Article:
The 140 Year Debate Over the Number of Guns at the Arsenal
by G. E. Rule
See also: Solving the Mystery of the Arsenal Guns by Randy R. McGuire, Ph. D- groundbreaking original work answering the long-disputed, and vital, question of the number of guns at the St. Louis Arsenal in early 1861 and their importance to the outcome of the Civil War – new June 20, 2003
Without a doubt, the central facet of the struggle for St. Louis, and Missouri, in 1861 was the story of the maneuvering for control of the United States Arsenal. He who controlled the Arsenal controlled St. Louis. He who controlled St. Louis, because of its central location as transportation hub of both rivers and railroads, controlled Missouri. Some, like Minute Men leader Basil Duke, went even further and claimed that he who controlled Missouri would win the war. According to Duke, holding Missouri would have allowed the South to go on the offensive in the West. Imagine what a different world we might be living in if the title of the acerbic John McElroy’s 1909 book was The Struggle for Illinois.
Practically every work on the Civil War in Missouri at least mentions this showdown, some at great length. You would think that there would be something very close to unanimity on the central ascertainable fact of just how many arms were in the Arsenal that each side was willing to run the most daring risks to control. This isn’t a matter of opinion or political persuasion –it is a number that is immune to whether you are the most radical Abolitionist or the most fiery States-Rights man.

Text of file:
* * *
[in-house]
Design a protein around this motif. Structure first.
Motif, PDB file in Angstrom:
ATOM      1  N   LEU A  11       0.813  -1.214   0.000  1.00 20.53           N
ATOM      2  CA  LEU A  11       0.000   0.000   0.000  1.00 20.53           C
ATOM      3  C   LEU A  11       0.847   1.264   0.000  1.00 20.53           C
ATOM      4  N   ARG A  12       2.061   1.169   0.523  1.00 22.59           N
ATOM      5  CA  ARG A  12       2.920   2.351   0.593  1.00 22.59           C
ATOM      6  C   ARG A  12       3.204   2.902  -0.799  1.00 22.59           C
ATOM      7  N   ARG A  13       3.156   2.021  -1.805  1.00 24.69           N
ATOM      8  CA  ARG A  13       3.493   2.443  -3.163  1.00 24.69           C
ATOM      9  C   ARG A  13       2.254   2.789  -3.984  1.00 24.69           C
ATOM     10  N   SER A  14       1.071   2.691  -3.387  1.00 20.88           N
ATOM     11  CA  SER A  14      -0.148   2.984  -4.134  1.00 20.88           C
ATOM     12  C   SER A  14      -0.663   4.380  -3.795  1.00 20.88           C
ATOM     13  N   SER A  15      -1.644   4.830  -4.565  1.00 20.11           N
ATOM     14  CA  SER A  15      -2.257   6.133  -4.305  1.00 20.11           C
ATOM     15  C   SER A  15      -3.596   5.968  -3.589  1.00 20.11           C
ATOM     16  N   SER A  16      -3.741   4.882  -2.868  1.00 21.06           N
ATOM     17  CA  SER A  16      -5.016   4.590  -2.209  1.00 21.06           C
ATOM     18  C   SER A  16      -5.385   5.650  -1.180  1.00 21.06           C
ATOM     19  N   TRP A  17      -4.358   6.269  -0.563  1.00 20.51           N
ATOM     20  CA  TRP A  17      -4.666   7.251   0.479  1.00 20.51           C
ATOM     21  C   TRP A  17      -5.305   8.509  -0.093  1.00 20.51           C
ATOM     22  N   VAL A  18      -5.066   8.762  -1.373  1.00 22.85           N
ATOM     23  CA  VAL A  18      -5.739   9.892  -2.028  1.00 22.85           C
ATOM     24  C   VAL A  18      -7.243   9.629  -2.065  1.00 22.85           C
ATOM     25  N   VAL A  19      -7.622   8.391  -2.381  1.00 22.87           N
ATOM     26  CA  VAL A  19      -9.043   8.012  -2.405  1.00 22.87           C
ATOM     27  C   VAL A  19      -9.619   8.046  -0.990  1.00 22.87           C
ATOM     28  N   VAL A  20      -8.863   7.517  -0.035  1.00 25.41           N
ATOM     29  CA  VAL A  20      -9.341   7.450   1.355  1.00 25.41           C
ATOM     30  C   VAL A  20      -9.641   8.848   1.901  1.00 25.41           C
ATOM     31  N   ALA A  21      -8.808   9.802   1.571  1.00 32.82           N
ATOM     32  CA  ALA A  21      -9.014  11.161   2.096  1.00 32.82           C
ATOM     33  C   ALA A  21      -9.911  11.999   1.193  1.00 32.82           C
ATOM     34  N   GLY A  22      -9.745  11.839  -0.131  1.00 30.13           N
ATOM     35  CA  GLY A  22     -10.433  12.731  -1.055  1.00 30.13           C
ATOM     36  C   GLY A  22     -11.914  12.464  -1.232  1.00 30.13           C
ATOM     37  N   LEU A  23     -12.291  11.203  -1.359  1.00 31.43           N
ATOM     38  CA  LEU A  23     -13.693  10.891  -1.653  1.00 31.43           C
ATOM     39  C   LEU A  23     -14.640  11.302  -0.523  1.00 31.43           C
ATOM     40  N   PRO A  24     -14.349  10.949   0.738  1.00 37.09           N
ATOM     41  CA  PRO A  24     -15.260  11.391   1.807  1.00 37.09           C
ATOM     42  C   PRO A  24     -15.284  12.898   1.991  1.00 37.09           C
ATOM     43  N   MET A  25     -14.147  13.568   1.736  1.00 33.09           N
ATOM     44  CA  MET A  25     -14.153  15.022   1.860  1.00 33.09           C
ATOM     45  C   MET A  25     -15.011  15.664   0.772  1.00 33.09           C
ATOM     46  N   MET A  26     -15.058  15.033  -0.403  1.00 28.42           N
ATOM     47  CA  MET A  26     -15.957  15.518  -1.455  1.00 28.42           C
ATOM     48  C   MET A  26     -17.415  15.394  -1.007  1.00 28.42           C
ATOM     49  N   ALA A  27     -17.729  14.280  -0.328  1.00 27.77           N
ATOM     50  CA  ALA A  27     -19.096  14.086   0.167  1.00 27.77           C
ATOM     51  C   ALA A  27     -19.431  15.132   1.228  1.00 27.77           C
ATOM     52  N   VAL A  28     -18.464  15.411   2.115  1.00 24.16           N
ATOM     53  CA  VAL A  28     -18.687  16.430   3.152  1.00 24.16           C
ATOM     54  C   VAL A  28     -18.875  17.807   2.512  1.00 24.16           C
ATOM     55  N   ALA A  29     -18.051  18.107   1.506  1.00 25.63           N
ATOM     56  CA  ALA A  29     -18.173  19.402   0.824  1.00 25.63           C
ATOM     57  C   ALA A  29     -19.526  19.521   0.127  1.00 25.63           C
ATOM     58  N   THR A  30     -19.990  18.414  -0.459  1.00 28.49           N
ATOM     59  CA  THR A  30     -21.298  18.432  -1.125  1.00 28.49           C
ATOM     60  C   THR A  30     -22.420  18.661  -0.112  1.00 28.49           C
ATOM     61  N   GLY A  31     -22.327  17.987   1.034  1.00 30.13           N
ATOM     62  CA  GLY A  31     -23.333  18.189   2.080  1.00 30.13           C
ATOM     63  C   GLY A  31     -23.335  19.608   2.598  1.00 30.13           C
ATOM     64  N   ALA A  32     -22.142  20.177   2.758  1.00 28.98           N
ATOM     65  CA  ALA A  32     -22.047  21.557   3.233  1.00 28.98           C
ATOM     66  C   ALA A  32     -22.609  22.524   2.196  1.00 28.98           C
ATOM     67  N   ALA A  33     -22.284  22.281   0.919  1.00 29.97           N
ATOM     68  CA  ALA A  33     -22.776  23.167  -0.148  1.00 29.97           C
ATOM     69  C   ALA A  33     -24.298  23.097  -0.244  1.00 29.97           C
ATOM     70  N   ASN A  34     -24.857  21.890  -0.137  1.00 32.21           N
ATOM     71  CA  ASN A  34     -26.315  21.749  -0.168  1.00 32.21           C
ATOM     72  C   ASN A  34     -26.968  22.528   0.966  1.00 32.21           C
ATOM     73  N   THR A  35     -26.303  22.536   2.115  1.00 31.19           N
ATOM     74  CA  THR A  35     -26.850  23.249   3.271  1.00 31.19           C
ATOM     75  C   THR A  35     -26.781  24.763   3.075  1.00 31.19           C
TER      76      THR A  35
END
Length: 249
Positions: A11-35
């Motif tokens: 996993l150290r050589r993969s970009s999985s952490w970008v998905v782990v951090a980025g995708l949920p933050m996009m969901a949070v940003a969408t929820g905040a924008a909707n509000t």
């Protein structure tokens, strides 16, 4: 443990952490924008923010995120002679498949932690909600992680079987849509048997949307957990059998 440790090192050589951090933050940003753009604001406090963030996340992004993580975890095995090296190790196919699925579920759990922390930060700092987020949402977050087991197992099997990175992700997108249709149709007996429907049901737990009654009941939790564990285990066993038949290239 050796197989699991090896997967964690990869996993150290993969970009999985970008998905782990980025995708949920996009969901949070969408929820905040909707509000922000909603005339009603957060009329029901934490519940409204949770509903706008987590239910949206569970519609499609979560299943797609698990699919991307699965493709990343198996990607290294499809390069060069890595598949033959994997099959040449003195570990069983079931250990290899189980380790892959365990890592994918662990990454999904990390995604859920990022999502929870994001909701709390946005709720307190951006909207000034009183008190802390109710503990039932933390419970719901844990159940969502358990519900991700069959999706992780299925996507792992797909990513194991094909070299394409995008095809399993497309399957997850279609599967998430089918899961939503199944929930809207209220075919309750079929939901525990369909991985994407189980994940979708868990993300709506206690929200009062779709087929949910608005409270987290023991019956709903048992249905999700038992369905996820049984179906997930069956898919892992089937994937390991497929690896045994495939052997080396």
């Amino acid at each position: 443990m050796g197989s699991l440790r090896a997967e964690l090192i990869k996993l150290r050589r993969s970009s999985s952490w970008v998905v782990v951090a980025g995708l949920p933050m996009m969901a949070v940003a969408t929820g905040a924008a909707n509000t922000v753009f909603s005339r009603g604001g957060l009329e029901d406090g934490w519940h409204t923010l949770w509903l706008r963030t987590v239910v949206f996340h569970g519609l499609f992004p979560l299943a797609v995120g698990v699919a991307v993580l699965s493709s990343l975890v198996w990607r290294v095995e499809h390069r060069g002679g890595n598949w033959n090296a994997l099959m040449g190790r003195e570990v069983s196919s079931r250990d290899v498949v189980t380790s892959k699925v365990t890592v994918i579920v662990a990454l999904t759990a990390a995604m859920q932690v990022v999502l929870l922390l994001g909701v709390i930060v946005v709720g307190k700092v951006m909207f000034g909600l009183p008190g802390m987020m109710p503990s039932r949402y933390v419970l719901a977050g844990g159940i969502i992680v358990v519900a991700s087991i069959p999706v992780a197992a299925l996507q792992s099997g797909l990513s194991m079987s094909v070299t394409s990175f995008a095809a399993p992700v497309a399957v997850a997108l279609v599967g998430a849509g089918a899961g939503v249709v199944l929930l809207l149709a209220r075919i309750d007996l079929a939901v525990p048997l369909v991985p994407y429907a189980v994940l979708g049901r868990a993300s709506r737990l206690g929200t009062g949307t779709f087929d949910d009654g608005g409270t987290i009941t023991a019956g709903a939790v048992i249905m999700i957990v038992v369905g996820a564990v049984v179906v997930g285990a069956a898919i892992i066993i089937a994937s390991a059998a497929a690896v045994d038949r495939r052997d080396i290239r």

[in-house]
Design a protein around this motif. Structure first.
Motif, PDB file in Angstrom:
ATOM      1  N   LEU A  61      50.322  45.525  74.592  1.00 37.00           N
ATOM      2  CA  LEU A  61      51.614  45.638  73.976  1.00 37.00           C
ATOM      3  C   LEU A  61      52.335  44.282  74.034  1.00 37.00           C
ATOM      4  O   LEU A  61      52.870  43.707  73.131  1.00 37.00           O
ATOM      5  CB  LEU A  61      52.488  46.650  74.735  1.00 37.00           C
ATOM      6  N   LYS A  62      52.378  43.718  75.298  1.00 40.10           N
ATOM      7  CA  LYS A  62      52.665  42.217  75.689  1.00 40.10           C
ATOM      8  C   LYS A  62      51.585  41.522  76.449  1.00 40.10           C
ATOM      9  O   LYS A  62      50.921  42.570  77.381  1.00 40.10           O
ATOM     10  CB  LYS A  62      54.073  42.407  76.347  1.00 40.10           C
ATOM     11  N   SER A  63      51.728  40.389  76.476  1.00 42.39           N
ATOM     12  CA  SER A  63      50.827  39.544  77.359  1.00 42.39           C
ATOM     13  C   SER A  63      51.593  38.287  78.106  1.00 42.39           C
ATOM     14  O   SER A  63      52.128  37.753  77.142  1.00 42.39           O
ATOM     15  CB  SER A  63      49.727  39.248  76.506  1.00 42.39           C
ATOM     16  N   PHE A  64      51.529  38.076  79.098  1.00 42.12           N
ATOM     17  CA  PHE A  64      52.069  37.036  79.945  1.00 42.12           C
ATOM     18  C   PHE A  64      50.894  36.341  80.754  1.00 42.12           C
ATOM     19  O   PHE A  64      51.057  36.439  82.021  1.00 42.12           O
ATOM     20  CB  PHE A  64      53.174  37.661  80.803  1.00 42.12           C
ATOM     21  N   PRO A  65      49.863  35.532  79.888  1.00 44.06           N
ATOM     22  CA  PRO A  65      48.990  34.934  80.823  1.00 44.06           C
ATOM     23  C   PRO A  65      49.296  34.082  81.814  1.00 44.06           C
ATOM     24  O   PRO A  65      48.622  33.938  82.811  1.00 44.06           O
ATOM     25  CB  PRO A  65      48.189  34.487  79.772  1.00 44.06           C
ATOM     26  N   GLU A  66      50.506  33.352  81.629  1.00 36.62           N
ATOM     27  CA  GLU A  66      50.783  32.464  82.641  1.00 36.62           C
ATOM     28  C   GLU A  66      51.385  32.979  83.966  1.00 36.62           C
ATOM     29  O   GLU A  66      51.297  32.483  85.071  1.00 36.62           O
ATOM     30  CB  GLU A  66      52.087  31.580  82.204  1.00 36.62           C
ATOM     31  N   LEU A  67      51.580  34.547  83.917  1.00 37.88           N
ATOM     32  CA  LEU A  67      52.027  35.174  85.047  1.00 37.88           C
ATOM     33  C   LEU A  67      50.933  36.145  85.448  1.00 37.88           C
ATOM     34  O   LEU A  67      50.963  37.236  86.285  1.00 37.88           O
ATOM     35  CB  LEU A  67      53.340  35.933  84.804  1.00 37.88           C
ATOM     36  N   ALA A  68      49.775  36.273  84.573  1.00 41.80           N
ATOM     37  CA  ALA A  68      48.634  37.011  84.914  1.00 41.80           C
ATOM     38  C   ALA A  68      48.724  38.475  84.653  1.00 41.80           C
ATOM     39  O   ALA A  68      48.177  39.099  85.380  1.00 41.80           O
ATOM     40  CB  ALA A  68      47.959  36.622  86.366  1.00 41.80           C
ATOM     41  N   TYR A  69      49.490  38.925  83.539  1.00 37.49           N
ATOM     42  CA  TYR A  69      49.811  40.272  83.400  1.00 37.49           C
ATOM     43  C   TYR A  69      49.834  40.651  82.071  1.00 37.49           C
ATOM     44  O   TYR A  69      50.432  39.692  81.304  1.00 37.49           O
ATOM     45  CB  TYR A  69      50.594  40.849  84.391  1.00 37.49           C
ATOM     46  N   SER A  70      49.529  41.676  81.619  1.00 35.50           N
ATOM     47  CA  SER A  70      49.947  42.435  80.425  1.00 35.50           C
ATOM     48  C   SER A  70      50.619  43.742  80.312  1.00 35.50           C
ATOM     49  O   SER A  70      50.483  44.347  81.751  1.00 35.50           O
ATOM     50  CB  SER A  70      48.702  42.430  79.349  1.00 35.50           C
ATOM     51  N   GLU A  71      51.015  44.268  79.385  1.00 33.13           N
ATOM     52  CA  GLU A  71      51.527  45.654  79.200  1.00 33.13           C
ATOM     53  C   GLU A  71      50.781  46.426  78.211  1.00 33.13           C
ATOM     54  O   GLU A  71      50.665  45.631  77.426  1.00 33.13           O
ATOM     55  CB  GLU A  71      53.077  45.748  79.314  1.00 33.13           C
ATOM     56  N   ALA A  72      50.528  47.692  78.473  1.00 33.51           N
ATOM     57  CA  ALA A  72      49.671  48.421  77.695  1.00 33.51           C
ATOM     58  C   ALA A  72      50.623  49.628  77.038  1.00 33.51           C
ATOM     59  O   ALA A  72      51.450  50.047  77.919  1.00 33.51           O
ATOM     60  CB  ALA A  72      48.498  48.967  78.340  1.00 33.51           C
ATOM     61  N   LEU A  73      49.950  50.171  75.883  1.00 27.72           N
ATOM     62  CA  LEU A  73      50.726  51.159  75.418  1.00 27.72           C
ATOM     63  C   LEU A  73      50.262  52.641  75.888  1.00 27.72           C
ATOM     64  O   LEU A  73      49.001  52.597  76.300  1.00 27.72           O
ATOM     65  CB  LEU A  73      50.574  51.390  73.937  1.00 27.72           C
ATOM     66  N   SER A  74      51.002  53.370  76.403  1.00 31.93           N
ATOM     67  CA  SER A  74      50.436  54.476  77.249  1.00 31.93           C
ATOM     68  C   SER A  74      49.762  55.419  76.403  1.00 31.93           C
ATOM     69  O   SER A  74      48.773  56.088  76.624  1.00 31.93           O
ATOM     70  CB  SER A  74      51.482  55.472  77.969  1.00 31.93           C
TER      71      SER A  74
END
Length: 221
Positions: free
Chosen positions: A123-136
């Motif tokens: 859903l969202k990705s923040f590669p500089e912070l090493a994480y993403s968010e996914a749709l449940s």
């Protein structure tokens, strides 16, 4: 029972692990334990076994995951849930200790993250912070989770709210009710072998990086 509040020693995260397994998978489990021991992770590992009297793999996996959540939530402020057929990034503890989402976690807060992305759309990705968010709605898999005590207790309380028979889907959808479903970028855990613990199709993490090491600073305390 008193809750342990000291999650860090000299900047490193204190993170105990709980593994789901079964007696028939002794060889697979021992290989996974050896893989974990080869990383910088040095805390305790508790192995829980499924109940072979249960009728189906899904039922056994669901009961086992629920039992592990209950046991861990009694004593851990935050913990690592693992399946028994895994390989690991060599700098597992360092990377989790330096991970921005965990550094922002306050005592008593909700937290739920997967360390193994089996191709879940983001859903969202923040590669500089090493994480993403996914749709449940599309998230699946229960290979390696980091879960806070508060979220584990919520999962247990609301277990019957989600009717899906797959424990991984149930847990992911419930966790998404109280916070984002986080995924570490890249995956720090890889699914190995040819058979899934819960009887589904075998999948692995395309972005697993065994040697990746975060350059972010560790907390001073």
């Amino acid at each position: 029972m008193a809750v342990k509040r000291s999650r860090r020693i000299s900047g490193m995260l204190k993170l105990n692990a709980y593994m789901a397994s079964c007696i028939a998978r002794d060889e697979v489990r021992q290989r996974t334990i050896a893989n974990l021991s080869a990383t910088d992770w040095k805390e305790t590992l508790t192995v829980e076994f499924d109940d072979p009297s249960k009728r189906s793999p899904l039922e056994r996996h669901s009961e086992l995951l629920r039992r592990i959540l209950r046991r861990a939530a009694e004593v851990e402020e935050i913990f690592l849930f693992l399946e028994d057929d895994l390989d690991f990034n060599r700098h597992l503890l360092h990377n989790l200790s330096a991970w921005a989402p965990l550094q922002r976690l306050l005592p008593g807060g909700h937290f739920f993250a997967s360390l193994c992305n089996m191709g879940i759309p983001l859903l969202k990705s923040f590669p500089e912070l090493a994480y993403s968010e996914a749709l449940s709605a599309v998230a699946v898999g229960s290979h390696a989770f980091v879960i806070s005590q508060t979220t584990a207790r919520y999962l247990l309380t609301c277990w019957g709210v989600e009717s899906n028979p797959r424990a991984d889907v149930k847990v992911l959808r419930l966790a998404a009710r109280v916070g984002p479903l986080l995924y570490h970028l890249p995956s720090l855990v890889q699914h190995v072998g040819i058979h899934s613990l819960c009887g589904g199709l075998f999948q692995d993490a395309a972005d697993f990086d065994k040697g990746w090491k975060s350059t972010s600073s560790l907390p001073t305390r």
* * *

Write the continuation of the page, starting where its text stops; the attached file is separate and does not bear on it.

Yet the recent publication of St. Louis University archivist Randy R. McGuire’s St. Louis Arsenal: Armory of the West reminds us that history has given us two answers to this question. The older answer, but decidedly the minority report, is roughly 30,000 small arms (muskets, rifles and carbines). This answer starts with a Chicago Tribune article of April 29th, 1861, reporting the successful mission of Captain James H. Stokes to take all the guns not immediately needed by Union Captain Nathaniel Lyon’s troops to Illinois in order to keep them safe from the secessionists of St. Louis. Stokes was said to “empty the arsenal” of all the extra arms. This article is then printed in Frank Moore’s Rebellion Record in 1862, and from there “the 30,000 answer” shows up in Galusha Anderson’s The Story of a Border City in the Civil War (1908), Hans Christian Adamson’s Rebellion in Missouri, 1861: Nathaniel Lyon and His Army of the West (1961), and finally in McGuire’s book just last year.
The strongest argument against the 30,000 answer is the collection of participants and experts that have rejected using it. A single newspaper article in 1861 is a thin reed indeed against the likes of Peckham, Snead, Duke, Phillips, Parrish, et al.